Presentation on theme: "Introducing Yourself as a Researcher. What is a Bio Statement? A bio statement is short for biographical statement and is also called a bio-data statement."— Presentation transcript:
What is a Bio Statement? A bio statement is short for biographical statement and is also called a bio-data statement. A bio statement introduces you as a researcher. A bio statement often includes: (a) Your academic credentials. (b) Your research interests. (c) Your current position (or notable past positions). (d) Your recent or notable publications.
Sample Bio Statement 1 Kota Ohata earned his B.A. degree from Kyoto University of Foreign Studies in 1994, a M.A. in TESOL from West Virginia University in 1996. After a few years of EFL teaching back in Japan, he returned to the U.S. for the pursuit of doctoral degree in the area of applied linguistics. Recently Kota Ohata completed his dissertation and received a Ph.D. in Composition & from Indiana University of Pennsylvania.
Where Are Bio Statements Used? Bio statements are used when submitting papers to journals, when applying for grants, and when proposing conference papers to name a few of the important places where you find bio statements.
Here is a call for paper proposals: Please send the abstract without author(s) names. On a separate sheet, include each author's name, affiliation, mailing address, e-mail address, telephone and fax numbers, and 50-word biographical statement.
Here is another call for papers: Notes to Contributors All materials submitted become the property of TESOL Arabia. The editors reserve the right to make editorial changes to better suit the format and readership. If substantial changes are required, the editors will consult the author(s). Please remember to include a brief biographical statement (50-75 words maximum) with your submission.
Some More Bio Statements Joanne Bennett Doeman was born October 25, 1952 in Salisbury, North Carolina. She did her undergraduate work at Hollins College in Hollins, Virginia. She received her Bachelor of Arts with Honors in English in 1974. After college she moved to Winston-Salem and began working for the Social Security Administration, where she worked until the birth of her first child in 1980. She has been a volunteer at the Methodist Home and is a member of the North Carolina Council on Aging. She began work on her Master of Arts in Liberal Studies in 1990 with the purpose of combining her interests in English literature and the problems of aging.
Part I: Dr. Lust Prof. Barbara Lust studied Developmental Psychology, Linguistics and Philosophy, as well as English literature. She received her Ph.d. in Developmental Psychology from City University of New York Graduate Center after earlier studies at L'Institut des Sciences de l"Education, at the University of Geneva, Switzerland. She followed this with postdoctoral study in linguistics and philosophy at MIT before coming to Cornell. Her teaching at Cornell involves Developmental Psychology and Linguistics, within an interdisciplinary perspective of Cognitive Science.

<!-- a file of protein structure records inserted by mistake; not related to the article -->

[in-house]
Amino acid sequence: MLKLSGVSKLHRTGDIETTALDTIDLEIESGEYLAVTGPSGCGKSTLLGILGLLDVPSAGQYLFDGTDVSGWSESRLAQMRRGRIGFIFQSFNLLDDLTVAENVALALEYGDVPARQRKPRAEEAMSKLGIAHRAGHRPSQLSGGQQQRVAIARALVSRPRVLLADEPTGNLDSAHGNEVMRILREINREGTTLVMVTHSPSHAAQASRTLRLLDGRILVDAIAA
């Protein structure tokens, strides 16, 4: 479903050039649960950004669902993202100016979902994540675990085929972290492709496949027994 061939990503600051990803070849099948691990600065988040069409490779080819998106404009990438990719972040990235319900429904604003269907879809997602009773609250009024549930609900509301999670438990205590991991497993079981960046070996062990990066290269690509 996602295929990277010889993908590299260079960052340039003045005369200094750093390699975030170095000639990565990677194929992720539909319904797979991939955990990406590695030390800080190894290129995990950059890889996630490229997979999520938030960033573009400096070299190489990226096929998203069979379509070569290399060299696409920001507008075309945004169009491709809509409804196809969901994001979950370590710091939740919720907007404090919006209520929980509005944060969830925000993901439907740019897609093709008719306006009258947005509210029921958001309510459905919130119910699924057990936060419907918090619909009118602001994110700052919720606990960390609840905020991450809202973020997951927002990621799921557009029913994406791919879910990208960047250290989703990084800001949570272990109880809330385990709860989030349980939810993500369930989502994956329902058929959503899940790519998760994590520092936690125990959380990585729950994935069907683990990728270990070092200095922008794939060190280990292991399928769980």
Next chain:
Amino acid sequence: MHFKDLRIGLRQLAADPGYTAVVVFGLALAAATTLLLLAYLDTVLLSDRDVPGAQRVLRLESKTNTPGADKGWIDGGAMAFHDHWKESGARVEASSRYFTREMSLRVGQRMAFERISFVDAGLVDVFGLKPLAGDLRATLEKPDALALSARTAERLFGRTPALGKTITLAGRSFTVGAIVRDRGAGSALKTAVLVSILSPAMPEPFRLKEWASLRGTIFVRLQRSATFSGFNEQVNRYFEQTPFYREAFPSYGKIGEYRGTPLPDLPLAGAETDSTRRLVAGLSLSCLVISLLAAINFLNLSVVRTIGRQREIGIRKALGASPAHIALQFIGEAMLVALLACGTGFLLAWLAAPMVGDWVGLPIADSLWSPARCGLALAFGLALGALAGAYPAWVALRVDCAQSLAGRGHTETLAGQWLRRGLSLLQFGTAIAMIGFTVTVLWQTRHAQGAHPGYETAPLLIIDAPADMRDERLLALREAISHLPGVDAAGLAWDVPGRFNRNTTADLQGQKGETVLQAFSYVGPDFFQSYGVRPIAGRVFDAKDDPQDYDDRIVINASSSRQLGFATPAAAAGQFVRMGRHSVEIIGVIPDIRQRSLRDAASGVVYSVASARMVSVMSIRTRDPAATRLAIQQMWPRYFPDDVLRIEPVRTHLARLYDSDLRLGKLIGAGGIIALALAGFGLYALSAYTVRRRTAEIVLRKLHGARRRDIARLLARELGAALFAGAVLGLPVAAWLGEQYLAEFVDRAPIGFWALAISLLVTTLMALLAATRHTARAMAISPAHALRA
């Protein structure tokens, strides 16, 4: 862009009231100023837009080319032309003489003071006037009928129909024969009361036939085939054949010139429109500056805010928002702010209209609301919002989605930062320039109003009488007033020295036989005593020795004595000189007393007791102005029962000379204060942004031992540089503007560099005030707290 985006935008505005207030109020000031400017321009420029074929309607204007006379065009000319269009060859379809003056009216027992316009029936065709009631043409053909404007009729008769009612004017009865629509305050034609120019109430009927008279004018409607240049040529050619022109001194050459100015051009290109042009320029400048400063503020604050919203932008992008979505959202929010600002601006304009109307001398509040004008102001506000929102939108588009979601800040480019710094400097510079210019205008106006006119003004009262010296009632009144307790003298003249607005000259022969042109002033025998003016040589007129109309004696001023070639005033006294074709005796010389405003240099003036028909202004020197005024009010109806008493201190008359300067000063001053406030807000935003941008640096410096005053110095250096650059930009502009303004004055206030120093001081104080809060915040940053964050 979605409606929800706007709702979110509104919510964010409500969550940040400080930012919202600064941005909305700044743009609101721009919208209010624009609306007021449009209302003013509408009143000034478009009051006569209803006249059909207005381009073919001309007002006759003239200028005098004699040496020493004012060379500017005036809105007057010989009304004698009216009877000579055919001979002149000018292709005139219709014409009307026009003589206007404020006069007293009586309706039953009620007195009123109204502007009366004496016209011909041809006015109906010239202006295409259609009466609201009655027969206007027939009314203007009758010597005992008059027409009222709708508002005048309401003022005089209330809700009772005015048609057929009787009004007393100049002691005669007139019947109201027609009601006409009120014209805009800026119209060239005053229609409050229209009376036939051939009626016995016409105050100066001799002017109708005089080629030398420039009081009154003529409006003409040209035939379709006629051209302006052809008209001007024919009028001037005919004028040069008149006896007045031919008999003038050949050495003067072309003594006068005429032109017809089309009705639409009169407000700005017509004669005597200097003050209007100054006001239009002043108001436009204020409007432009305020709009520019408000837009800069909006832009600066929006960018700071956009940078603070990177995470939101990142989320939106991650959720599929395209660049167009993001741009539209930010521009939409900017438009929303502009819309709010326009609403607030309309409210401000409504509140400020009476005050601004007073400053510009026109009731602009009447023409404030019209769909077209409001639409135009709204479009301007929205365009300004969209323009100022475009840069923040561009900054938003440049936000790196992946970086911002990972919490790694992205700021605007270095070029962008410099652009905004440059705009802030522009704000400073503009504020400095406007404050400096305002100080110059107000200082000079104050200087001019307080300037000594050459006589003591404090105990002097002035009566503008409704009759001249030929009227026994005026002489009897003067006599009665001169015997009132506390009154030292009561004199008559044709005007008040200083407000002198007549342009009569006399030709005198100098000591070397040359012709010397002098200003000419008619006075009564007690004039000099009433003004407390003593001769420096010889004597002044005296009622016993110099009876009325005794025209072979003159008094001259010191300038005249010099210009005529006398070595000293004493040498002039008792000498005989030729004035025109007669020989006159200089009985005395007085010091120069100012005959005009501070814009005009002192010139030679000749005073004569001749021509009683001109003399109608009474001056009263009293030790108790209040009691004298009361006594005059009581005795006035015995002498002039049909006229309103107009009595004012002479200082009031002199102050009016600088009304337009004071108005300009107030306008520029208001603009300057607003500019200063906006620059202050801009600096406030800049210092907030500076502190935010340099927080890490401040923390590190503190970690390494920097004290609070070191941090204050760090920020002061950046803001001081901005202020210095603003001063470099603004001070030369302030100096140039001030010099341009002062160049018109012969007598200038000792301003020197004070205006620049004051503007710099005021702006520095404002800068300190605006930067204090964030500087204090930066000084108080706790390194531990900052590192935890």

Part II: Dr. Lust Dr. Lust's research is framed in an interdisciplinary and cross-linguistic framework, involving the study of first, second and multilingual language acquisition, especially in the child, and links theoretical paradigms to experimental methods of research. Recently she is involved in building a virtual internet- based international center for the study of language acquisition and the related science of information integration which it involves. She is also developing comparative study of language in normal healthy aging in contrast to that in early Alzheimer's Disease.
Part I: Dr. Gebhard Dr. Gebhard is a recently retired IUP professor where he taught in the English Department Composition & TESOL Program. Throughout his career, he has been an international speaker and advocate for ESL/EFL students and teachers, and he has taught English to a variety of different students, including Buddhist monks in Northeast Thailand, Vietnamese and Laotian refugees in Hawaii, immigrants in New York City, intensive language institute students in New York City and Indiana, Pennsylvania, university English majors and non-English majors in Thailand, businessmen in Japan, and undergraduates at IUP.
Part II: Dr. Gebhard He has also taught English teachers and developing scholars enrolled in the Ph.D. Program in Composition & TESOL and in the MA TESOL Program at IUP, as well as teachers in China, Japan and Hungary where he taught as a visiting professor. After earning his doctorate from Teachers College, Columbia University, he focused on developing principles & practices teachers can use to make their on informed teaching decisions, rather than to depend on the prescriptions of others.
Part III: Dr. Gebhard Dr. Gebhard is the author of Teaching English as a Foreign or Second Language (University of Michigan Press, second edition, 2006) and Language Teaching Awareness: A Guide to Exploring Beliefs and Practices (Cambridge University Press, 1999, with Robert Oprandy). He has also published scores of book chapters and journal articles. His most recent book chapter is The TESOL Practicum (In A. Burns and J.C. Richards, eds. The Cambridge Guide to Second Language Teacher Education, Cambridge University Press, in press).
Bio Statement Assignment Assignment Working with a partner, write a 50 word bio statement introducing yourself. You partner will also write 50 word bio statement. Exchange statements and off suggestions. Use your partners bio statement to introduce your partner.